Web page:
Bay View Golf Park: Positioned right next to the bay is world-renowned Bay View Golf Park, a challenging course featuring stunning vistas and the opportunity to feel like a big-shot on the green. Many of the homes and residences around the park are architectural marvels.
Keaahala: Located to the east of Kaneohe’s main strip is the Keaahala neighborhood, one of the more lively areas in town. This spot has easy access to Windward Community College, the Windward Mall and several small parks. The nearby Kaneohe Bakery is a local treat that newcomers must try.
Mokulele Drive: Mokulele Drive winds its way through Kaneohe’s largest residential area. This neighborhood is your quintessential family residential area, mainly composed of single-family houses and condos. It's close to the Windward City Shopping Center and Kamehameha Highway, the city’s main commercial area. For people looking for rentals, there is a big virtual sparkly arrow pointing to this spot.
Waokele Pond: Nestled against the Ho’omaluhia Botanical Garden, the area around Waokele Pond, is a hilly residential neighborhood of winding streets and quiet cul-de-sacs. Something for your classic hermit or retiree.
Living in Kaneohe offers all the perks and all the downsides you might expect from life on a small island in the middle of the vast Pacific Ocean. On one hand, it’s an amazing tropical island - duh. On the other hand, it’s quite literally in the middle of nowhere. The isolation of 800 miles of ocean in every direction can be liberating but also claustrophobic, depending on your personal character. Try to think of it as the former; you'll have a better time.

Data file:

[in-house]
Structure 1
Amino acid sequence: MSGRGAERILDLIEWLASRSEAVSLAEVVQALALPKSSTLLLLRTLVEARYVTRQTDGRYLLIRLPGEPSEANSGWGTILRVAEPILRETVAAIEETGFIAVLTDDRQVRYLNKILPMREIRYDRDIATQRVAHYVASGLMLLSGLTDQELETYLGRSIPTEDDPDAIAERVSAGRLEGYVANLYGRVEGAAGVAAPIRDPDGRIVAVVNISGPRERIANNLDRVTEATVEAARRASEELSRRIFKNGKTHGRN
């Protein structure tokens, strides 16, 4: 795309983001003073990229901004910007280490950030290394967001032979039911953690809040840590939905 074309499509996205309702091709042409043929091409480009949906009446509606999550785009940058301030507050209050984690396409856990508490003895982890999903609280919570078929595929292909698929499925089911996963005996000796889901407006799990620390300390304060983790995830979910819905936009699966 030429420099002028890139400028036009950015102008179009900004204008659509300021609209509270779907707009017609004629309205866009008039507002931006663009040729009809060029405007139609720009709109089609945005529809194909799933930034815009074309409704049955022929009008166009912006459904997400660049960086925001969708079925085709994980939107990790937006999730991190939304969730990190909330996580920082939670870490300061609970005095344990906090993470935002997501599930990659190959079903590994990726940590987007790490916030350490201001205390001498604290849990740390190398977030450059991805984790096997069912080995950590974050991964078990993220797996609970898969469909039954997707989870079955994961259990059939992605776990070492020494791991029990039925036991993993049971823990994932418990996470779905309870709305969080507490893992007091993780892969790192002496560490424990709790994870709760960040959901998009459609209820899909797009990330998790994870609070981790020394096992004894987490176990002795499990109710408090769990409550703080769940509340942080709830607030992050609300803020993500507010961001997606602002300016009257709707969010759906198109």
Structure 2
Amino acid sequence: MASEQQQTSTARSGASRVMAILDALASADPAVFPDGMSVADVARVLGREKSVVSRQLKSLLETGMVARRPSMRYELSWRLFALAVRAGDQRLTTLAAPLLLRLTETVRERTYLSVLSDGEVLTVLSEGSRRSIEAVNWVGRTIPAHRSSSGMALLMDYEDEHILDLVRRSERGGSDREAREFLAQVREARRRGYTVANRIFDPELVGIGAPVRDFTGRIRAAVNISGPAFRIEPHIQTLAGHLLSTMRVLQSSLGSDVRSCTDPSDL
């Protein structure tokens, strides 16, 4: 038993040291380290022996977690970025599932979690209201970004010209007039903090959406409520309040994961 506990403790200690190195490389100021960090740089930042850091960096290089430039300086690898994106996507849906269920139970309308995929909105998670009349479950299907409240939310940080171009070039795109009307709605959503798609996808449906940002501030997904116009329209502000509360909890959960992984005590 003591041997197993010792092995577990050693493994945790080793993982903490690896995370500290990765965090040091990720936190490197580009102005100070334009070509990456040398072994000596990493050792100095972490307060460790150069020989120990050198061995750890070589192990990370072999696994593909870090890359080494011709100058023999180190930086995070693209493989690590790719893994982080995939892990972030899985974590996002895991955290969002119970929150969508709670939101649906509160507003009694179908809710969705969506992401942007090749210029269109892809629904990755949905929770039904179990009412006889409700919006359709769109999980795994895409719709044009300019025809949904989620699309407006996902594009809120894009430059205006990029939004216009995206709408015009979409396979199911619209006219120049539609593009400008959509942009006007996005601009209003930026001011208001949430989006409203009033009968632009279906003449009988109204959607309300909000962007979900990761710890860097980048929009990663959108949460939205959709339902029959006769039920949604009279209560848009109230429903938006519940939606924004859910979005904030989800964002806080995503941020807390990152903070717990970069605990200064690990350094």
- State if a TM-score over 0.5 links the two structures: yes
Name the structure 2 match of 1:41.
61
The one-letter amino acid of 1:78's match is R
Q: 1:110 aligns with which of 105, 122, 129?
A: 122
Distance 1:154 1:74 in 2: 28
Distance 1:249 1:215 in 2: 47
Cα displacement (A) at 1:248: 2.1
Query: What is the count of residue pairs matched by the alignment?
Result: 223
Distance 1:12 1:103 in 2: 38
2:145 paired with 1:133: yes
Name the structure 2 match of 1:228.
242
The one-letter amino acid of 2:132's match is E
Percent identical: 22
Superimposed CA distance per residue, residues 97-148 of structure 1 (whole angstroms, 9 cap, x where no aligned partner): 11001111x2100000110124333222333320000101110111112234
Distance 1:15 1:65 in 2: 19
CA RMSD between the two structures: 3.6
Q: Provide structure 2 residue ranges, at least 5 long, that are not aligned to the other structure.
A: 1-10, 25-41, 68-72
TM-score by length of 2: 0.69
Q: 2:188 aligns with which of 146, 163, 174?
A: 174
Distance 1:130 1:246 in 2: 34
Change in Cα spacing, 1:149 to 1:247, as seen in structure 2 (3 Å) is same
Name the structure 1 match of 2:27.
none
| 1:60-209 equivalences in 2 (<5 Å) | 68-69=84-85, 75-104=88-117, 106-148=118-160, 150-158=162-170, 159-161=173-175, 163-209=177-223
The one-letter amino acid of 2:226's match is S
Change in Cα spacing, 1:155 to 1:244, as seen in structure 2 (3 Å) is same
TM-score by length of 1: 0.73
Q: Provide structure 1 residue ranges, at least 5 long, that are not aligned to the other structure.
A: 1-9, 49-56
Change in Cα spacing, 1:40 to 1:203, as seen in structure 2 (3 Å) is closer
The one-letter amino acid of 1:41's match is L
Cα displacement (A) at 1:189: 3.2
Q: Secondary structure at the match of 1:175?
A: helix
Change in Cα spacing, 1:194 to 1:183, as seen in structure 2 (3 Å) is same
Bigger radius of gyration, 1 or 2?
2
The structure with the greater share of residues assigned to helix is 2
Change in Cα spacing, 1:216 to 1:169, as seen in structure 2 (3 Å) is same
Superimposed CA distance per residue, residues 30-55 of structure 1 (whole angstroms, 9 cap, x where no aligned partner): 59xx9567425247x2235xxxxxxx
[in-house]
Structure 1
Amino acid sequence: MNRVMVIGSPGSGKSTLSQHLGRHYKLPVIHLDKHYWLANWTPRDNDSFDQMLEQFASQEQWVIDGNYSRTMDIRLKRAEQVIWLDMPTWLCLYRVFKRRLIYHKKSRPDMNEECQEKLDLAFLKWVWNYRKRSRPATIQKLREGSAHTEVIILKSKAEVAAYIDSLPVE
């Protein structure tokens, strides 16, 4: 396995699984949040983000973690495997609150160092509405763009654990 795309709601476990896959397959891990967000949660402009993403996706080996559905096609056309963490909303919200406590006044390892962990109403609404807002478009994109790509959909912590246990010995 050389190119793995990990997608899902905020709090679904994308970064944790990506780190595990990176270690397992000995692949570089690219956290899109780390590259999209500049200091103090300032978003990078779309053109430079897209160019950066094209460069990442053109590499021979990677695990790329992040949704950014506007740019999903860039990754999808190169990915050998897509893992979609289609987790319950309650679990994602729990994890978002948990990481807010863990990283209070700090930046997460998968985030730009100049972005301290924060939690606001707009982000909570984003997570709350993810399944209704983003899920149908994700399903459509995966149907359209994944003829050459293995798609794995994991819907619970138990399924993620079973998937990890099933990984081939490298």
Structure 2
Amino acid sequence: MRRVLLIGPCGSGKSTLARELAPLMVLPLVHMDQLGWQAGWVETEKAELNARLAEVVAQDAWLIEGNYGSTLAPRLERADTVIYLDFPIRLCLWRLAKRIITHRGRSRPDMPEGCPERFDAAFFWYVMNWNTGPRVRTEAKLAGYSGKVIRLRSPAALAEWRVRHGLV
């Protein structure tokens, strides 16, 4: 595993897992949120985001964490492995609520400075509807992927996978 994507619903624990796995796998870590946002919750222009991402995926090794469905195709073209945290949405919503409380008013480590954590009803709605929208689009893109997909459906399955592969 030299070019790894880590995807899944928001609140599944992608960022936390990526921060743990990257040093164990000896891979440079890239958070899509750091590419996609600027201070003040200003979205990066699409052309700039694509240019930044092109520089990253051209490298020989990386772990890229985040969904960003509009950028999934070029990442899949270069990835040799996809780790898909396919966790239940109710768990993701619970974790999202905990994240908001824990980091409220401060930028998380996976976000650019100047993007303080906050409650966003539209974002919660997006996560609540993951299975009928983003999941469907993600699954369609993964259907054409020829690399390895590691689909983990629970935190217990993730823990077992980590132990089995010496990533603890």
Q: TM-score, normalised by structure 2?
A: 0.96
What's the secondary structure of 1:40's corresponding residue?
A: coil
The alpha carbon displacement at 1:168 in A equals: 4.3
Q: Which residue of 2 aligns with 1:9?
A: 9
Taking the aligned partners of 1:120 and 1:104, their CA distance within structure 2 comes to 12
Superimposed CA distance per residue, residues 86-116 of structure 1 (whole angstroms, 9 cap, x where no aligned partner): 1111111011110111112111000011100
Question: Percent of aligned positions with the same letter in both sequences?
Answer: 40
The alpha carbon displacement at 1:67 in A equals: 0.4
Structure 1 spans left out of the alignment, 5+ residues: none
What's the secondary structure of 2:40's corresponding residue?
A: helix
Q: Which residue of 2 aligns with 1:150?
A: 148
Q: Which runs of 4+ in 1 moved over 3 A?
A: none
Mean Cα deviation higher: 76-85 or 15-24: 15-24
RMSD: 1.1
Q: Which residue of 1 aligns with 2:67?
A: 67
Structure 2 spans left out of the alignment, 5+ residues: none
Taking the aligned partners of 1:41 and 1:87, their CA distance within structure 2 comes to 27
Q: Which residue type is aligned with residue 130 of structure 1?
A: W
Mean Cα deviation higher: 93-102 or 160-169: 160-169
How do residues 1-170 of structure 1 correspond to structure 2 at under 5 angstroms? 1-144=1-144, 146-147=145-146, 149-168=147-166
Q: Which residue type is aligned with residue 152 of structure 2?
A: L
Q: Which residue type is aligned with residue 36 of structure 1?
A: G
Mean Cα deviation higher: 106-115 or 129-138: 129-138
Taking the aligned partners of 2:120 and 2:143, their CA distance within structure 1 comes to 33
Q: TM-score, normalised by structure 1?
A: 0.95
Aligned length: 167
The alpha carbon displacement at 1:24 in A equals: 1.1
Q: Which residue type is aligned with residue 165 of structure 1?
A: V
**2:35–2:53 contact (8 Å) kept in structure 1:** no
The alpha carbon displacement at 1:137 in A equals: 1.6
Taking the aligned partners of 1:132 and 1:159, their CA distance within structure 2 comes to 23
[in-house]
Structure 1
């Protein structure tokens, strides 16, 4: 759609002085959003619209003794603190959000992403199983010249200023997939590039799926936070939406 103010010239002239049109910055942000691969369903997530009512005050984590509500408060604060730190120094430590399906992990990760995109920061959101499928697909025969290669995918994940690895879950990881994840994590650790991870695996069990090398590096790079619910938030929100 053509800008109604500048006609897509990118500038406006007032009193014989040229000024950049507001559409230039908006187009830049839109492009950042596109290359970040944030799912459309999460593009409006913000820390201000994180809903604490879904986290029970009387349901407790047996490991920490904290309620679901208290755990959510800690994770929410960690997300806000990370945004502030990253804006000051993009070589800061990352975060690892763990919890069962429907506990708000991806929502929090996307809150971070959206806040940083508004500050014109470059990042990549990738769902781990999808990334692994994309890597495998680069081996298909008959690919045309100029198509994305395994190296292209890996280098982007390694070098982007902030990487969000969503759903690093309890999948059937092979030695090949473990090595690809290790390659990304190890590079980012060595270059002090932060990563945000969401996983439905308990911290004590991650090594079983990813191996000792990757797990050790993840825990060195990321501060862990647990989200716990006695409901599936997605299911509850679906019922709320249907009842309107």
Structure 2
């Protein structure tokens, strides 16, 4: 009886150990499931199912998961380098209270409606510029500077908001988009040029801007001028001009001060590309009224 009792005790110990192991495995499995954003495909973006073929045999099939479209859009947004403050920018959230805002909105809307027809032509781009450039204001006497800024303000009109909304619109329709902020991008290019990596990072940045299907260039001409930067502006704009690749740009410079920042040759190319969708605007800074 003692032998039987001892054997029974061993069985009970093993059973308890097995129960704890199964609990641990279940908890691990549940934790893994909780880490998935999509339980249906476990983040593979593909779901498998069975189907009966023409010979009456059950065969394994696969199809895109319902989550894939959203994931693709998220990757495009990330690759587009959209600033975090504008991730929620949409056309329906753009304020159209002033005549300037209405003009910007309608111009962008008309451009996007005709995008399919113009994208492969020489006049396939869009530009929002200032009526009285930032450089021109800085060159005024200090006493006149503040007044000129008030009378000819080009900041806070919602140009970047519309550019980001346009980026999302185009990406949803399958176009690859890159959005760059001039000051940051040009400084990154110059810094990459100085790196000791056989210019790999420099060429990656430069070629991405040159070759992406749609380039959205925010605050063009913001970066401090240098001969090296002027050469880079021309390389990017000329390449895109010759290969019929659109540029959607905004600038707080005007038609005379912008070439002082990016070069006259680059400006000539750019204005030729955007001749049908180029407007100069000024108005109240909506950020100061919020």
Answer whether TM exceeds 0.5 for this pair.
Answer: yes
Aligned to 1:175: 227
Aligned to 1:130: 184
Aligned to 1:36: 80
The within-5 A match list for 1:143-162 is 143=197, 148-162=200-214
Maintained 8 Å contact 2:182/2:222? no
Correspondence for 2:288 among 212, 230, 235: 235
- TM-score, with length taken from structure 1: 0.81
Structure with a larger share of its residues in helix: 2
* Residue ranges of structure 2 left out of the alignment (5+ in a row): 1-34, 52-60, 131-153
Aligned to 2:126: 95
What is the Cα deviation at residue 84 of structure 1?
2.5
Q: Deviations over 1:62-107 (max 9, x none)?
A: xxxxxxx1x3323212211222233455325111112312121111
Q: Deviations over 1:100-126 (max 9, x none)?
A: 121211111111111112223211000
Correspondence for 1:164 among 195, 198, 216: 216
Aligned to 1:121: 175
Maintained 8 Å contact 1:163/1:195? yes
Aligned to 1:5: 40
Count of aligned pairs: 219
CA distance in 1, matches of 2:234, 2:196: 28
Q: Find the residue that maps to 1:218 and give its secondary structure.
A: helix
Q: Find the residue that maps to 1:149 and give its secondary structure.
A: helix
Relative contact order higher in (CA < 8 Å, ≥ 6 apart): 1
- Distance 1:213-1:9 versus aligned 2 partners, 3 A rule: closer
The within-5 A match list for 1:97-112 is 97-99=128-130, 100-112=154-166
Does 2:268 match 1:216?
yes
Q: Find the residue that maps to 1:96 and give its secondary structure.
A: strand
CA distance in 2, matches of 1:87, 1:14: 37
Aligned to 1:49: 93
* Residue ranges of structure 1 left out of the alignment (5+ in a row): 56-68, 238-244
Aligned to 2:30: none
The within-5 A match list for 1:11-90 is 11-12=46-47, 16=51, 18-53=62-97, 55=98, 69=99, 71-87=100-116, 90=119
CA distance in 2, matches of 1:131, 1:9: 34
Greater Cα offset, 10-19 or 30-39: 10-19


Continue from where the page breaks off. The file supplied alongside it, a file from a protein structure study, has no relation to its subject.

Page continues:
Sun, Surf and Turf Residents of this town love to spend their time outdoors, which is kind of unsurprising. Hawaii’s weather is generally dry and sunny, with brief showers throughout the year, although the occasional monster storm pours down buckets. The city boasts two of the best golf courses in the region, with many more just a short drive away. Those looking for a more athletic sport can try their hand at volleyball and surfing on one of several public beaches. Of course, the beaches offer plenty of room for sunbathing.
Natural Wonders and Birding Galore Manicured greens and raked beaches aren’t for everyone, of course. Nature lovers will adore Kaneohe’s easy access to impressive state parks. Heeia State Park and Waiahole Forest Reserve, both just minutes from downtown, preserve Hawaii’s indigenous splendor. Spotting unusual wildlife is easy at dawn and dusk, but the parks make a lovely hike any time of day. Hiking is a bit tougher in Kawai Nui Marsh, but the area is a birder’s paradise. Ho’omaluhia Botanical Garden is one of the best places on the planet to observe the unique and beautiful flora of the Hawaiian Islands.
Going Somewhere? Better get a Bike Let's be frank: cars are expensive here because they are all imported. The upside of this is that it means the local bus system is well-developed. That said, well-developed doesn't exactly equal unrivaled efficiency: traveling from one side of town to another can take up to an hour, depending on the time of day. Many locals rely on bicycles for transportation, a great option thanks to Kaneohe’s compact size and good weather. The hilly terrain makes biking a tough workout in some areas, however. So get fit or stay home, man!